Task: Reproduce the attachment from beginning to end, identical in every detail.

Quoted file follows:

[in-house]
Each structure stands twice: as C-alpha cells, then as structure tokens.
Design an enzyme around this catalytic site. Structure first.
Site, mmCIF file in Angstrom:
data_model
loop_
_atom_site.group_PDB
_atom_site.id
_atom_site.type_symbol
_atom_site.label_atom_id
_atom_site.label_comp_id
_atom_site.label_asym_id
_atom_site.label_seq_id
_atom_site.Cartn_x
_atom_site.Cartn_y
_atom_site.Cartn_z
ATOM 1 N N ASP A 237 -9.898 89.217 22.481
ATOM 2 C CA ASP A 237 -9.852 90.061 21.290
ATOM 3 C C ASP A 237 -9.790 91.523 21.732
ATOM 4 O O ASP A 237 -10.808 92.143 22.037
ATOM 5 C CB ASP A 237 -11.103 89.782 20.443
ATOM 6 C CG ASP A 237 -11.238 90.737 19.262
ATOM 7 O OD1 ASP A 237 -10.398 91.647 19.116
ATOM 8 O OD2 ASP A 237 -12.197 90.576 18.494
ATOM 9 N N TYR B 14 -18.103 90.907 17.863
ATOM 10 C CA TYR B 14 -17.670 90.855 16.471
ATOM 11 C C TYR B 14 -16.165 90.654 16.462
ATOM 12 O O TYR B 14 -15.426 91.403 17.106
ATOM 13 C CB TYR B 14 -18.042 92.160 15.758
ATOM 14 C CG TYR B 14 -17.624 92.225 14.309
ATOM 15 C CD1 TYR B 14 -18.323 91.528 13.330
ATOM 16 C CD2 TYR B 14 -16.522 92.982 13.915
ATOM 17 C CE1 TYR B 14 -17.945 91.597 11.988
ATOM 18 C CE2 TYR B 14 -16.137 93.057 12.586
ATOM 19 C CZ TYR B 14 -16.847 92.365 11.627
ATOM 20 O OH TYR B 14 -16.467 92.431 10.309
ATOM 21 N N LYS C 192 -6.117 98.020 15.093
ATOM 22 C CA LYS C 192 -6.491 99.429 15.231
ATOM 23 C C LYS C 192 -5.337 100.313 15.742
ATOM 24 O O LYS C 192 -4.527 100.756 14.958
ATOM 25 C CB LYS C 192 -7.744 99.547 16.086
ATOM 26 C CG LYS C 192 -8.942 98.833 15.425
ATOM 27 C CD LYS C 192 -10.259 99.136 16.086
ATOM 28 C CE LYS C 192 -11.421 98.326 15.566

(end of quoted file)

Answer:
[in-house]
Each structure stands twice: as C-alpha cells, then as structure tokens.
Design an enzyme around this catalytic site. Structure first.
Site, mmCIF file in Angstrom:
data_model
loop_
_atom_site.group_PDB
_atom_site.id
_atom_site.type_symbol
_atom_site.label_atom_id
_atom_site.label_comp_id
_atom_site.label_asym_id
_atom_site.label_seq_id
_atom_site.Cartn_x
_atom_site.Cartn_y
_atom_site.Cartn_z
ATOM 1 N N ASP A 237 -9.898 89.217 22.481
ATOM 2 C CA ASP A 237 -9.852 90.061 21.290
ATOM 3 C C ASP A 237 -9.790 91.523 21.732
ATOM 4 O O ASP A 237 -10.808 92.143 22.037
ATOM 5 C CB ASP A 237 -11.103 89.782 20.443
ATOM 6 C CG ASP A 237 -11.238 90.737 19.262
ATOM 7 O OD1 ASP A 237 -10.398 91.647 19.116
ATOM 8 O OD2 ASP A 237 -12.197 90.576 18.494
ATOM 9 N N TYR B 14 -18.103 90.907 17.863
ATOM 10 C CA TYR B 14 -17.670 90.855 16.471
ATOM 11 C C TYR B 14 -16.165 90.654 16.462
ATOM 12 O O TYR B 14 -15.426 91.403 17.106
ATOM 13 C CB TYR B 14 -18.042 92.160 15.758
ATOM 14 C CG TYR B 14 -17.624 92.225 14.309
ATOM 15 C CD1 TYR B 14 -18.323 91.528 13.330
ATOM 16 C CD2 TYR B 14 -16.522 92.982 13.915
ATOM 17 C CE1 TYR B 14 -17.945 91.597 11.988
ATOM 18 C CE2 TYR B 14 -16.137 93.057 12.586
ATOM 19 C CZ TYR B 14 -16.847 92.365 11.627
ATOM 20 O OH TYR B 14 -16.467 92.431 10.309
ATOM 21 N N LYS C 192 -6.117 98.020 15.093
ATOM 22 C CA LYS C 192 -6.491 99.429 15.231
ATOM 23 C C LYS C 192 -5.337 100.313 15.742
ATOM 24 O O LYS C 192 -4.527 100.756 14.958
ATOM 25 C CB LYS C 192 -7.744 99.547 16.086
ATOM 26 C CG LYS C 192 -8.942 98.833 15.425
ATOM 27 C CD LYS C 192 -10.259 99.136 16.086
ATOM 28 C CE LYS C 192 -11.421 98.326 15.566